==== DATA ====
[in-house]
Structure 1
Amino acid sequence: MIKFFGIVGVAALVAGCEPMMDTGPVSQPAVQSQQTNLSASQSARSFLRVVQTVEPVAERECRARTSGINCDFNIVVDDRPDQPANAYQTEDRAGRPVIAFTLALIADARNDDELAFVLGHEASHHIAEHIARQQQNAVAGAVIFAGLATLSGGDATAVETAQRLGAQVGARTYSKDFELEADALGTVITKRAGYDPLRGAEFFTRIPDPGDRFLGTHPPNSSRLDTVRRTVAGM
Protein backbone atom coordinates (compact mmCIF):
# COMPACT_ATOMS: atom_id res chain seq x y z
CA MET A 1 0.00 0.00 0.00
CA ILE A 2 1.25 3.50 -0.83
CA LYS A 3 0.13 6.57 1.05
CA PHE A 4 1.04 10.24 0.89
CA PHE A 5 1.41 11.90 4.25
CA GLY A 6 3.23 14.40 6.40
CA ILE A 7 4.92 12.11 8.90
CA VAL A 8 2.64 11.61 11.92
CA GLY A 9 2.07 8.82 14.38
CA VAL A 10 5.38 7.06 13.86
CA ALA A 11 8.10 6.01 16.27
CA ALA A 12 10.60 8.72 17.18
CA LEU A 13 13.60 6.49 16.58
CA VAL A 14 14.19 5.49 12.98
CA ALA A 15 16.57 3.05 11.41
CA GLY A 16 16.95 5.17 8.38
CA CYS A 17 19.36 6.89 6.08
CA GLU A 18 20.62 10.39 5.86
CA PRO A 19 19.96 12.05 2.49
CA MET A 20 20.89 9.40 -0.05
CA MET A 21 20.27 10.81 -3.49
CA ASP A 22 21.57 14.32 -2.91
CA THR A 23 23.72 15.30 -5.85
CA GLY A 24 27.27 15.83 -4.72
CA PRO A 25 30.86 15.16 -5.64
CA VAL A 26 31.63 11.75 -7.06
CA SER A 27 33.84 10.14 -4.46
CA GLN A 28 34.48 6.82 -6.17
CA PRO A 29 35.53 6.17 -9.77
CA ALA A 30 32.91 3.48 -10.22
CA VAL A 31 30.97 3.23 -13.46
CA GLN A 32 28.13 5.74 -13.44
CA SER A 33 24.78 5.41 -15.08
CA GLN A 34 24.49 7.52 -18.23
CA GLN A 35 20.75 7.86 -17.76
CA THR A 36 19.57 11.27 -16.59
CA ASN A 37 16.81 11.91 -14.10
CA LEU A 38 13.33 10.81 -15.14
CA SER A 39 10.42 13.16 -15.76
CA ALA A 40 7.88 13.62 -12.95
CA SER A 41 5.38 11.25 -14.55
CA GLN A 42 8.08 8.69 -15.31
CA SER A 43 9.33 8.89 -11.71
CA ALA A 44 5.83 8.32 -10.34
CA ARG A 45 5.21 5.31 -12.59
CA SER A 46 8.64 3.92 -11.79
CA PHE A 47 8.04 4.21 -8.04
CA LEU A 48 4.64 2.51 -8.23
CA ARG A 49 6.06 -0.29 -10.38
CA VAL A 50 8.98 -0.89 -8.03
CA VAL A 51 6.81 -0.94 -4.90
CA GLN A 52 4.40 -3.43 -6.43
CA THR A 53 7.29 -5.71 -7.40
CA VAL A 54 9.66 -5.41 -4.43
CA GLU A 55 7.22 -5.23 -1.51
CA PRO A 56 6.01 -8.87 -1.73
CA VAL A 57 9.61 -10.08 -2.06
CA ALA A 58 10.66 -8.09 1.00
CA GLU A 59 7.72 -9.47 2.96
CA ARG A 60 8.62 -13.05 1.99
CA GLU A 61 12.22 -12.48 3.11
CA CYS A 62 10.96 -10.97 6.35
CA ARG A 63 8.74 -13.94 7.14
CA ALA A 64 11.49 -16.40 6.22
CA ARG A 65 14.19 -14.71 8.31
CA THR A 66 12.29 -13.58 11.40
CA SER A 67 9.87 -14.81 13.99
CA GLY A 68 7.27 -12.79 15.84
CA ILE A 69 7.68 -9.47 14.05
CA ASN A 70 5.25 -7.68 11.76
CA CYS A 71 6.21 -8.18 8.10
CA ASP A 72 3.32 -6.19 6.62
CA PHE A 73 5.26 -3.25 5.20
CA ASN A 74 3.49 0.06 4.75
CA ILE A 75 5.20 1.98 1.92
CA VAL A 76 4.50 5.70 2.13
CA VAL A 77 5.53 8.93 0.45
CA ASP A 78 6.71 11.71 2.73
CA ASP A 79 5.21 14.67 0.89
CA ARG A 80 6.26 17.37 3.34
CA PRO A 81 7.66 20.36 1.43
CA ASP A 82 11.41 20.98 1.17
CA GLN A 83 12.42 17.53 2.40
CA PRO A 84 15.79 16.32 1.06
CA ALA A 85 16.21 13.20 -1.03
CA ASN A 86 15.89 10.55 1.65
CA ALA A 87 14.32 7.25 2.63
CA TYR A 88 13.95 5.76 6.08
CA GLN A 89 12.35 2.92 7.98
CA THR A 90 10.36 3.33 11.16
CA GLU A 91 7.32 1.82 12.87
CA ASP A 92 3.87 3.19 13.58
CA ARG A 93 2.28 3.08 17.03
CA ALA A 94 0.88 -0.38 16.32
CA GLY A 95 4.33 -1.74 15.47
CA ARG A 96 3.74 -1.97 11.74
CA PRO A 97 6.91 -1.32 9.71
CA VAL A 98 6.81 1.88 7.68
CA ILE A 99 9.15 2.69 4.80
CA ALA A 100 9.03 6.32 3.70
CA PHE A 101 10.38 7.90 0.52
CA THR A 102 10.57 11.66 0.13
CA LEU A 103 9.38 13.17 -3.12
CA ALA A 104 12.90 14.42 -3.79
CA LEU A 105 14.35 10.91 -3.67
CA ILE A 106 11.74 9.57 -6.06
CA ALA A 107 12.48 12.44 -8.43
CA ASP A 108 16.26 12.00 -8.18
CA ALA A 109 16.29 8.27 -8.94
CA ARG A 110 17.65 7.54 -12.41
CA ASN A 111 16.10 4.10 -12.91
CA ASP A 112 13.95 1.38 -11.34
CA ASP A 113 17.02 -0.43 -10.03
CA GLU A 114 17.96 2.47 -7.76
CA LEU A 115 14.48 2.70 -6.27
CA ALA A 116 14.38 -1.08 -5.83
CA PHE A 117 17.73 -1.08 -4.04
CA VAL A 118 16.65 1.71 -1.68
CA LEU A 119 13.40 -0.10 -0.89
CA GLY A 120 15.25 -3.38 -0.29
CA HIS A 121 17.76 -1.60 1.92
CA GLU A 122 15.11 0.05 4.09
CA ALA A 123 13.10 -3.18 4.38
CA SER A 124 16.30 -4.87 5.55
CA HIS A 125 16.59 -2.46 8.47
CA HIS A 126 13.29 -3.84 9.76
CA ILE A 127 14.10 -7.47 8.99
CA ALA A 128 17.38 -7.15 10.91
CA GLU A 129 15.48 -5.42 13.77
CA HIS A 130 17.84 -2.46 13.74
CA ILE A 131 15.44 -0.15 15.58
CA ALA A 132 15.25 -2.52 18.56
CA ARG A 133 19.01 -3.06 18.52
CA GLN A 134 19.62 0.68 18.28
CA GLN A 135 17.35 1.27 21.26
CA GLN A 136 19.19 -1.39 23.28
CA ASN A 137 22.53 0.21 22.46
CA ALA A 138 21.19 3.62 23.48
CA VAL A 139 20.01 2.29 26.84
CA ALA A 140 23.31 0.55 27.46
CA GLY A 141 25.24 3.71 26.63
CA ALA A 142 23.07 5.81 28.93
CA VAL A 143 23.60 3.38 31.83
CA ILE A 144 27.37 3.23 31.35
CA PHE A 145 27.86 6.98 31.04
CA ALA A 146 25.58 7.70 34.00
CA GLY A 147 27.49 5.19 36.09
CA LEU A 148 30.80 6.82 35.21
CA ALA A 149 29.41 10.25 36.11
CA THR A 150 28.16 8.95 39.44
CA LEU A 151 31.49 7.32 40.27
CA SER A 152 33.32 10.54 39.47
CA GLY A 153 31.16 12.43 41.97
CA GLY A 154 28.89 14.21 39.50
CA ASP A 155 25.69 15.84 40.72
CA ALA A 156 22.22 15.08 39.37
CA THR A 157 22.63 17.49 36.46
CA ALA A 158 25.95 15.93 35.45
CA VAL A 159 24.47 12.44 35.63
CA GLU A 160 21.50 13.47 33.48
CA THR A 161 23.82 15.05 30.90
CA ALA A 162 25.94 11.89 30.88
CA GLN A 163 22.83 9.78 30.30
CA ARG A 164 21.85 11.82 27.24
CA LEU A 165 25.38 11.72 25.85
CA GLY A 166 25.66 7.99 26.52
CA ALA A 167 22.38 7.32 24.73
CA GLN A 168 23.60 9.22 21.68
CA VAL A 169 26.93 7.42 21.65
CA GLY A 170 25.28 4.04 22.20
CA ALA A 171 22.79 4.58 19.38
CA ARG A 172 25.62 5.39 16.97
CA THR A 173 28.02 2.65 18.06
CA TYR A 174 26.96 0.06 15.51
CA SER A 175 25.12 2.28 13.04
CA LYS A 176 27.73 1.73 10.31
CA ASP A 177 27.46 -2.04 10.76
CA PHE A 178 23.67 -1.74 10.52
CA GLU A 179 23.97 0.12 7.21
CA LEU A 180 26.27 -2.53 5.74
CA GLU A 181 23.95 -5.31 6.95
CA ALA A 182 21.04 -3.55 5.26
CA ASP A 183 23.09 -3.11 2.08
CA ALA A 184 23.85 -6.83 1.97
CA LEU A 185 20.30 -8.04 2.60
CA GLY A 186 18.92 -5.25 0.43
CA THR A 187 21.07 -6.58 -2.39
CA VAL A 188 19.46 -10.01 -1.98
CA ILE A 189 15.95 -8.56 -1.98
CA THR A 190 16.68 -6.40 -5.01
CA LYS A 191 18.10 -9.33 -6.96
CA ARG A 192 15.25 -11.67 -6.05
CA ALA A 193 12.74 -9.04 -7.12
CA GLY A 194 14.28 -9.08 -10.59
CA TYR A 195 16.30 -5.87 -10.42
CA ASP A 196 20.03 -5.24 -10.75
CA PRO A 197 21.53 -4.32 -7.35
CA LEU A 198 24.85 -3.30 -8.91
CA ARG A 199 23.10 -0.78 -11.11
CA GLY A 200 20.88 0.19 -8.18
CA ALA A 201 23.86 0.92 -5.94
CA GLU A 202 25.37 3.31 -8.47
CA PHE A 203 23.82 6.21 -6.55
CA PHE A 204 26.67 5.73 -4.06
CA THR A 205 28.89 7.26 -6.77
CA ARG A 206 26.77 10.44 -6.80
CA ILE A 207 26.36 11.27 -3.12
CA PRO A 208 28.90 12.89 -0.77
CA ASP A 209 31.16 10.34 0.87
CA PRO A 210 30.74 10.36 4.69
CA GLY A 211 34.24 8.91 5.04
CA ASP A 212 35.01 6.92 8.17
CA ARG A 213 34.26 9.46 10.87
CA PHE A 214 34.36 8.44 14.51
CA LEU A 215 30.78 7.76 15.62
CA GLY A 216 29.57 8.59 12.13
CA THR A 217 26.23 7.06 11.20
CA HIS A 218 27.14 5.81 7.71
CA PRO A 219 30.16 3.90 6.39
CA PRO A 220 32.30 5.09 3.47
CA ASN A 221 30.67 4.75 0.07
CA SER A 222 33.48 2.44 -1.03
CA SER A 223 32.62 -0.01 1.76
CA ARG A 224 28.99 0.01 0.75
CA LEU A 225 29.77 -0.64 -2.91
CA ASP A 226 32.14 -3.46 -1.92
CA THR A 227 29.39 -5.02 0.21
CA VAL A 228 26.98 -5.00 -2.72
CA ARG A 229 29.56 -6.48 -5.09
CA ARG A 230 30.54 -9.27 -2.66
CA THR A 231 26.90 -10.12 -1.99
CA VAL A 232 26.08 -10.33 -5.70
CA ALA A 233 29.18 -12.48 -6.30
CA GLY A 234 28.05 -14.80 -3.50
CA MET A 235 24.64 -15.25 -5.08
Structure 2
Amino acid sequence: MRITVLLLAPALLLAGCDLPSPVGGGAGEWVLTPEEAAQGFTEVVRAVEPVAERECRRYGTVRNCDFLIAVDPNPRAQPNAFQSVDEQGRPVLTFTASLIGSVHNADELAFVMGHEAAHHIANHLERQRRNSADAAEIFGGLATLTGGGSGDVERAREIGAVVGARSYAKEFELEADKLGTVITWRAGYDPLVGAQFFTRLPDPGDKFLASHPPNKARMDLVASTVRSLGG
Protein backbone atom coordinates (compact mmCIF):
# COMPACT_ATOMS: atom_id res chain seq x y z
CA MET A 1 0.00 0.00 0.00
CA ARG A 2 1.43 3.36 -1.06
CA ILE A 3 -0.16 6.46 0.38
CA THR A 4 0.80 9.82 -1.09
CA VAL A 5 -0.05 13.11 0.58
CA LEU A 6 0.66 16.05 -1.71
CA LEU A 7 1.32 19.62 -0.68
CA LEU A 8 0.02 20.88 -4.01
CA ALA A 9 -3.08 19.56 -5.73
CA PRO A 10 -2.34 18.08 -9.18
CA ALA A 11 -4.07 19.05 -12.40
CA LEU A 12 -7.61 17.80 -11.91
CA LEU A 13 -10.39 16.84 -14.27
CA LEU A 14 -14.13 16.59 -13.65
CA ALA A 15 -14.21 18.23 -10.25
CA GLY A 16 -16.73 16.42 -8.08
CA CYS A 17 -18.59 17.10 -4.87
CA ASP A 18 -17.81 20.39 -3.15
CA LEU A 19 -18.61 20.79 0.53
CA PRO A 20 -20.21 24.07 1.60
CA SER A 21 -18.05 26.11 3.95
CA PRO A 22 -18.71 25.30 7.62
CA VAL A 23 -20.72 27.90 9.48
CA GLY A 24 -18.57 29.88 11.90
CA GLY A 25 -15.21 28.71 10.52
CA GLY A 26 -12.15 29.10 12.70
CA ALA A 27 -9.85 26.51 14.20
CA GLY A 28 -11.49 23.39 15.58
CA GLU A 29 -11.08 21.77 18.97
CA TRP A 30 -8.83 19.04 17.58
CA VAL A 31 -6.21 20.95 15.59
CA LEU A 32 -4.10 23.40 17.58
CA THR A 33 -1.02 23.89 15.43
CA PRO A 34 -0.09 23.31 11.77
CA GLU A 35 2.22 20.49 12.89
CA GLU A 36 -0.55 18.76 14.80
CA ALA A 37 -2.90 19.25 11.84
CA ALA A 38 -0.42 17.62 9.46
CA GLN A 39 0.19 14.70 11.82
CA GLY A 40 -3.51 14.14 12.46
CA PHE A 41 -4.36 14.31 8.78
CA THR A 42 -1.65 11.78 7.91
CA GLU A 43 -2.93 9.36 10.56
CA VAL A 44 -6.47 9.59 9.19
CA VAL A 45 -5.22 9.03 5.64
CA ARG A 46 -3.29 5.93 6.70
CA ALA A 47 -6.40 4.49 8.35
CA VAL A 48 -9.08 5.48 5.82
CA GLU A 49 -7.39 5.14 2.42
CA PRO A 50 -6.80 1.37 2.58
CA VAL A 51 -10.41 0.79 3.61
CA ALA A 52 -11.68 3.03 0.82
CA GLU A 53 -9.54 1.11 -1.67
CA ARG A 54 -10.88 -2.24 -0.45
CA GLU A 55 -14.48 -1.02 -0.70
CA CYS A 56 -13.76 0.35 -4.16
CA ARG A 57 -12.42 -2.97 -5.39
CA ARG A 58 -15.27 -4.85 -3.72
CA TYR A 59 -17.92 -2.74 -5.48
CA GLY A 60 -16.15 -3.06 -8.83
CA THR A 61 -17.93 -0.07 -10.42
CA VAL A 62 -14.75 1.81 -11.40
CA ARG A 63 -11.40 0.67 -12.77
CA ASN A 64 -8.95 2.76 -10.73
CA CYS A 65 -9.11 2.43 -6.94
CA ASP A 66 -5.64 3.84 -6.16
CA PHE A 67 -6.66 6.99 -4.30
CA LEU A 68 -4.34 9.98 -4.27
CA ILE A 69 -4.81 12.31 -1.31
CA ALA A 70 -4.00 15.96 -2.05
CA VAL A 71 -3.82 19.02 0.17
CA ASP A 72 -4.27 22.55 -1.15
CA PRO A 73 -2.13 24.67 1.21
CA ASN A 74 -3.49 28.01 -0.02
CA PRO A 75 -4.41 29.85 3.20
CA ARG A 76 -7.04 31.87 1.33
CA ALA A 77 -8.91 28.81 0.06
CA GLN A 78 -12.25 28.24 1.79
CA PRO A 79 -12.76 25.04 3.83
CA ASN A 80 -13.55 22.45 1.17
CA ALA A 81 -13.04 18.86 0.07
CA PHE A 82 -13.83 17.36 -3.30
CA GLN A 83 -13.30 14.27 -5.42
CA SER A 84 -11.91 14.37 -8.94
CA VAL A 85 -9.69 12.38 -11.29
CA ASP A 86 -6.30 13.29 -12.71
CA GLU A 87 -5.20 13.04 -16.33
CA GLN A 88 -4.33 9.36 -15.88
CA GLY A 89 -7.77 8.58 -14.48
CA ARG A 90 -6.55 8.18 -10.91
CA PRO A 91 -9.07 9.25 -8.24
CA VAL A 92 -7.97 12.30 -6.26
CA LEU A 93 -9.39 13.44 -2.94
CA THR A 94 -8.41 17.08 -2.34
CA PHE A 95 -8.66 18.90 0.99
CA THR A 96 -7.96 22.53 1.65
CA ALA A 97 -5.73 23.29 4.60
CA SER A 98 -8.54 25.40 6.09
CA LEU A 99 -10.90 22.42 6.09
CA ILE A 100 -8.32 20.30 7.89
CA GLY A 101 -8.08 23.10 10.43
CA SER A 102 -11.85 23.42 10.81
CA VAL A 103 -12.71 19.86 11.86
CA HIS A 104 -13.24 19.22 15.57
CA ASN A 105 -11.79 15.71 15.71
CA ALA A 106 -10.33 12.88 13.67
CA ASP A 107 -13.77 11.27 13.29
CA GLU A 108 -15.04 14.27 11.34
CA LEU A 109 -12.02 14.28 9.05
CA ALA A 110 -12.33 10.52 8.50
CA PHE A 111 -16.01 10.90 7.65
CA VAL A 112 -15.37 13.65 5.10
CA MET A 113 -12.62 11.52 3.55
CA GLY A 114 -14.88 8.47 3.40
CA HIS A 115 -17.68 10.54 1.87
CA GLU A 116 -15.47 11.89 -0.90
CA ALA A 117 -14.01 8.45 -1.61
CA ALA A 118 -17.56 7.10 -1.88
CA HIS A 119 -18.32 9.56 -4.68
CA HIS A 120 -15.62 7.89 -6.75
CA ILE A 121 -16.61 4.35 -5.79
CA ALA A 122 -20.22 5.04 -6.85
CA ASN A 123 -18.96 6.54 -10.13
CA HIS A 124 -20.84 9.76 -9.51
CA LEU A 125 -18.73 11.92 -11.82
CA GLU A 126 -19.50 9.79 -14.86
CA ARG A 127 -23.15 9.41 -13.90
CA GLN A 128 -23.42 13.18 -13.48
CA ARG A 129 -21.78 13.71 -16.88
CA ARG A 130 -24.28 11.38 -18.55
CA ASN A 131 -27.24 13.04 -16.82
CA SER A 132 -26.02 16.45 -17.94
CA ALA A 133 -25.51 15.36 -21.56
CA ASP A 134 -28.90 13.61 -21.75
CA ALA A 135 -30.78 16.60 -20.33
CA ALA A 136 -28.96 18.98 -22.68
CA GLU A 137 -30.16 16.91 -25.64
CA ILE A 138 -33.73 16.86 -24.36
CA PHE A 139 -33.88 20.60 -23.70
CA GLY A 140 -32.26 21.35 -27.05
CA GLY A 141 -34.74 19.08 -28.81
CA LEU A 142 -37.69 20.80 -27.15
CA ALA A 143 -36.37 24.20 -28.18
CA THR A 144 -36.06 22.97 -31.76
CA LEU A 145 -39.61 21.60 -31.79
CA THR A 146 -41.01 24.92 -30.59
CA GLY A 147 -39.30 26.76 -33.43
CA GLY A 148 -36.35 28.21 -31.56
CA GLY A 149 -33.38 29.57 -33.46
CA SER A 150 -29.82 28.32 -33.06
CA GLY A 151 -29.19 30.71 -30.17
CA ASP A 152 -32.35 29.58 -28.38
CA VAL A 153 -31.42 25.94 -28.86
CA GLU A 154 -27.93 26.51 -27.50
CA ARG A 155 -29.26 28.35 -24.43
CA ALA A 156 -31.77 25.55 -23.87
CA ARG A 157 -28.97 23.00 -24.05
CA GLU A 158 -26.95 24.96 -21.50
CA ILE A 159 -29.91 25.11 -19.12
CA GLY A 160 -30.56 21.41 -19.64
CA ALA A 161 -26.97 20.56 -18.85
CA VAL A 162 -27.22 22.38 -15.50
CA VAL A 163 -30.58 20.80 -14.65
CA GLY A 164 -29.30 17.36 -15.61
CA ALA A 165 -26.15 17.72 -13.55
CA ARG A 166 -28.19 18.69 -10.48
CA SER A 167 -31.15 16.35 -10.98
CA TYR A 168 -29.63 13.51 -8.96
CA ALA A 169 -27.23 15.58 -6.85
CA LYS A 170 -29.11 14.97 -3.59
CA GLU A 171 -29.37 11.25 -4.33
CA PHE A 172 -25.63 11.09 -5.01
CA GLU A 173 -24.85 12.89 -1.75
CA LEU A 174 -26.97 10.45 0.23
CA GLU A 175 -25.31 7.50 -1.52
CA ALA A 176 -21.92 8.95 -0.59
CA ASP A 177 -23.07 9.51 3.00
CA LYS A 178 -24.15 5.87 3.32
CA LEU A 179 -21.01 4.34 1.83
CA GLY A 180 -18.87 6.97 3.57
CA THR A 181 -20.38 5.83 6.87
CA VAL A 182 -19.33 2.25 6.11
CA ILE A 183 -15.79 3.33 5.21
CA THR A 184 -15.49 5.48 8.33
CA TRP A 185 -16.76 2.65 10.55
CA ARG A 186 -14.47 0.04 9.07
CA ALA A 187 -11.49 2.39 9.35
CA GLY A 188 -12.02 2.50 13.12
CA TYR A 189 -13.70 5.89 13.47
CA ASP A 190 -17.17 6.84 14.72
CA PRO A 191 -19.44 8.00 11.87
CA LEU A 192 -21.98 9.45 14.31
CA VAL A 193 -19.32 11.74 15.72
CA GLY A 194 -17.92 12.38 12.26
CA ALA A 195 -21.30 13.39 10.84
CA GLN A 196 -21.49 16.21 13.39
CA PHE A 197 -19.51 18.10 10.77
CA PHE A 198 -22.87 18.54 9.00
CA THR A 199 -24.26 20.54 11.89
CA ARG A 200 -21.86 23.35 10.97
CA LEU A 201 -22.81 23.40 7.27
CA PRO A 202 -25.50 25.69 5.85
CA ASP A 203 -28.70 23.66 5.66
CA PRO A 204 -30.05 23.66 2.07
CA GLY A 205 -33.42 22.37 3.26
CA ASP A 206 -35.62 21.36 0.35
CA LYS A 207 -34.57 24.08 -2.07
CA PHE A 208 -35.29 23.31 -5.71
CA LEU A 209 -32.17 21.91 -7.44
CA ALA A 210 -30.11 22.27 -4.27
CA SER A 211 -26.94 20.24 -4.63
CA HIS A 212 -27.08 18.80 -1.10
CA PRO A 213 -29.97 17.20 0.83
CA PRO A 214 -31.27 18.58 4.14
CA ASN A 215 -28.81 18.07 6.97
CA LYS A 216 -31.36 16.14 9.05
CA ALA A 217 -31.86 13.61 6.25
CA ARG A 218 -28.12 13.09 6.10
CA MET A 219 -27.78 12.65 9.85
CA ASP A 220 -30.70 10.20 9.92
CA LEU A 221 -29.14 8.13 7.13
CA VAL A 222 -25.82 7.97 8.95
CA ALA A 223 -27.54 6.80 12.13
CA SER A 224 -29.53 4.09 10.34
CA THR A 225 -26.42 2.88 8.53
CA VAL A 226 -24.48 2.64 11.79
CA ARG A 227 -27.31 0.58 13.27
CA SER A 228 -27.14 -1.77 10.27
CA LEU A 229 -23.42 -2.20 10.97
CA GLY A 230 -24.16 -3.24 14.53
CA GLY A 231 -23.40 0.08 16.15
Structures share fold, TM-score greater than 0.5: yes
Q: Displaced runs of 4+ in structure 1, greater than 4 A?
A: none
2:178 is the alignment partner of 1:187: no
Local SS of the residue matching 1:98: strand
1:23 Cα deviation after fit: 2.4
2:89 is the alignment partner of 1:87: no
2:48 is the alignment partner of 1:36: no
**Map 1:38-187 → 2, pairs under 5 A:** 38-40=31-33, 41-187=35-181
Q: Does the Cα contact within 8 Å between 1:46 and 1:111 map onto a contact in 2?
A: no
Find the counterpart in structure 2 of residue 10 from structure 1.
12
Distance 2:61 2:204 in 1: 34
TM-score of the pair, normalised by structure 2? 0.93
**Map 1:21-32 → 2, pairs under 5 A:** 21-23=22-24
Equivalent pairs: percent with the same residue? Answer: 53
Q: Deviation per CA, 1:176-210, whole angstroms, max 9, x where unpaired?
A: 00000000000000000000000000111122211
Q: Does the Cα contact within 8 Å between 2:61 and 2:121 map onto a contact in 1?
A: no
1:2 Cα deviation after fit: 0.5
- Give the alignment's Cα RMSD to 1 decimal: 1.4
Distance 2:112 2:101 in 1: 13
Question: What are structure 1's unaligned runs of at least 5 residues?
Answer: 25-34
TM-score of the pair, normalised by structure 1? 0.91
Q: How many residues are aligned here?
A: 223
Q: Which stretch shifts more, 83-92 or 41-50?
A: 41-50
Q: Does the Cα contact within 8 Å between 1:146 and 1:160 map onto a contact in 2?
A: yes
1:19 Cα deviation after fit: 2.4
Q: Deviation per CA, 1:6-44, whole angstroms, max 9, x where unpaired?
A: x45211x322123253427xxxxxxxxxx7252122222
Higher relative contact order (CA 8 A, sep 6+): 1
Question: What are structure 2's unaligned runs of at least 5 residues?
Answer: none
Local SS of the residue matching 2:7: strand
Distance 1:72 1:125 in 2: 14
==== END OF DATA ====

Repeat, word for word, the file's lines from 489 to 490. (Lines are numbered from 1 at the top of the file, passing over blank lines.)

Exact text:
Distance 2:61 2:204 in 1: 34
TM-score of the pair, normalised by structure 2? 0.93